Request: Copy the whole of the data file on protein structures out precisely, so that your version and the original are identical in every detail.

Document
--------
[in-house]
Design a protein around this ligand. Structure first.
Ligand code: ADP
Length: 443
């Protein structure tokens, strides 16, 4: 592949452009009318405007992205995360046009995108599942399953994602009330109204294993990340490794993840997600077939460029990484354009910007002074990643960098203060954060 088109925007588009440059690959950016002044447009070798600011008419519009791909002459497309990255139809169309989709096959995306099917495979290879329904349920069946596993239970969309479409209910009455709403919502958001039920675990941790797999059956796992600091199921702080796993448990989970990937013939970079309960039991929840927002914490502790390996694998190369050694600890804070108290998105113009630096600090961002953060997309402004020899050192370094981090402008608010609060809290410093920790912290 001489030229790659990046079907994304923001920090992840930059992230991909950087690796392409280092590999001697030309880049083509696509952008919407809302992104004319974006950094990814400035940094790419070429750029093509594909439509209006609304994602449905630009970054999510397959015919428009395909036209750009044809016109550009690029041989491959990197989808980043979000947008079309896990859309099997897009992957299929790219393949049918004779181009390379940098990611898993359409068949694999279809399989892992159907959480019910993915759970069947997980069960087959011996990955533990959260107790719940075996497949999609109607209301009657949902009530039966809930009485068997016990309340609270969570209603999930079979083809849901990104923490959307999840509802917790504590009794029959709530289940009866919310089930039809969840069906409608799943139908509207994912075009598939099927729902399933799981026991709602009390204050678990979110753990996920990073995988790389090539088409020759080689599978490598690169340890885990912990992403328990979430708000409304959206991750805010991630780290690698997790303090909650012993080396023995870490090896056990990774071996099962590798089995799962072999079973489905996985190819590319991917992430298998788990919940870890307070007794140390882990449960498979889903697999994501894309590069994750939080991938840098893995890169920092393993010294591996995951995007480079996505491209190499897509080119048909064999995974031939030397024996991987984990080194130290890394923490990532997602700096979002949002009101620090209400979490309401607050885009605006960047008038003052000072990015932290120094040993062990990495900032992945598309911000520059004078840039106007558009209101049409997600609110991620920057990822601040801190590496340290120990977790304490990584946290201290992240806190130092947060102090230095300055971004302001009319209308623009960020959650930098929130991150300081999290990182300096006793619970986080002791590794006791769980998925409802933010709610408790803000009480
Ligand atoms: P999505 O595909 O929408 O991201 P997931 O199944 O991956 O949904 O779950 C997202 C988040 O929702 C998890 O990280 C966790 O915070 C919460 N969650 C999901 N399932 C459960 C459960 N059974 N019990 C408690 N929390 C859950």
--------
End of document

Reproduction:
[in-house]
Design a protein around this ligand. Structure first.
Ligand code: ADP
Length: 443
């Protein structure tokens, strides 16, 4: 592949452009009318405007992205995360046009995108599942399953994602009330109204294993990340490794993840997600077939460029990484354009910007002074990643960098203060954060 088109925007588009440059690959950016002044447009070798600011008419519009791909002459497309990255139809169309989709096959995306099917495979290879329904349920069946596993239970969309479409209910009455709403919502958001039920675990941790797999059956796992600091199921702080796993448990989970990937013939970079309960039991929840927002914490502790390996694998190369050694600890804070108290998105113009630096600090961002953060997309402004020899050192370094981090402008608010609060809290410093920790912290 001489030229790659990046079907994304923001920090992840930059992230991909950087690796392409280092590999001697030309880049083509696509952008919407809302992104004319974006950094990814400035940094790419070429750029093509594909439509209006609304994602449905630009970054999510397959015919428009395909036209750009044809016109550009690029041989491959990197989808980043979000947008079309896990859309099997897009992957299929790219393949049918004779181009390379940098990611898993359409068949694999279809399989892992159907959480019910993915759970069947997980069960087959011996990955533990959260107790719940075996497949999609109607209301009657949902009530039966809930009485068997016990309340609270969570209603999930079979083809849901990104923490959307999840509802917790504590009794029959709530289940009866919310089930039809969840069906409608799943139908509207994912075009598939099927729902399933799981026991709602009390204050678990979110753990996920990073995988790389090539088409020759080689599978490598690169340890885990912990992403328990979430708000409304959206991750805010991630780290690698997790303090909650012993080396023995870490090896056990990774071996099962590798089995799962072999079973489905996985190819590319991917992430298998788990919940870890307070007794140390882990449960498979889903697999994501894309590069994750939080991938840098893995890169920092393993010294591996995951995007480079996505491209190499897509080119048909064999995974031939030397024996991987984990080194130290890394923490990532997602700096979002949002009101620090209400979490309401607050885009605006960047008038003052000072990015932290120094040993062990990495900032992945598309911000520059004078840039106007558009209101049409997600609110991620920057990822601040801190590496340290120990977790304490990584946290201290992240806190130092947060102090230095300055971004302001009319209308623009960020959650930098929130991150300081999290990182300096006793619970986080002791590794006791769980998925409802933010709610408790803000009480
Ligand atoms: P999505 O595909 O929408 O991201 P997931 O199944 O991956 O949904 O779950 C997202 C988040 O929702 C998890 O990280 C966790 O915070 C919460 N969650 C999901 N399932 C459960 C459960 N059974 N019990 C408690 N929390 C859950």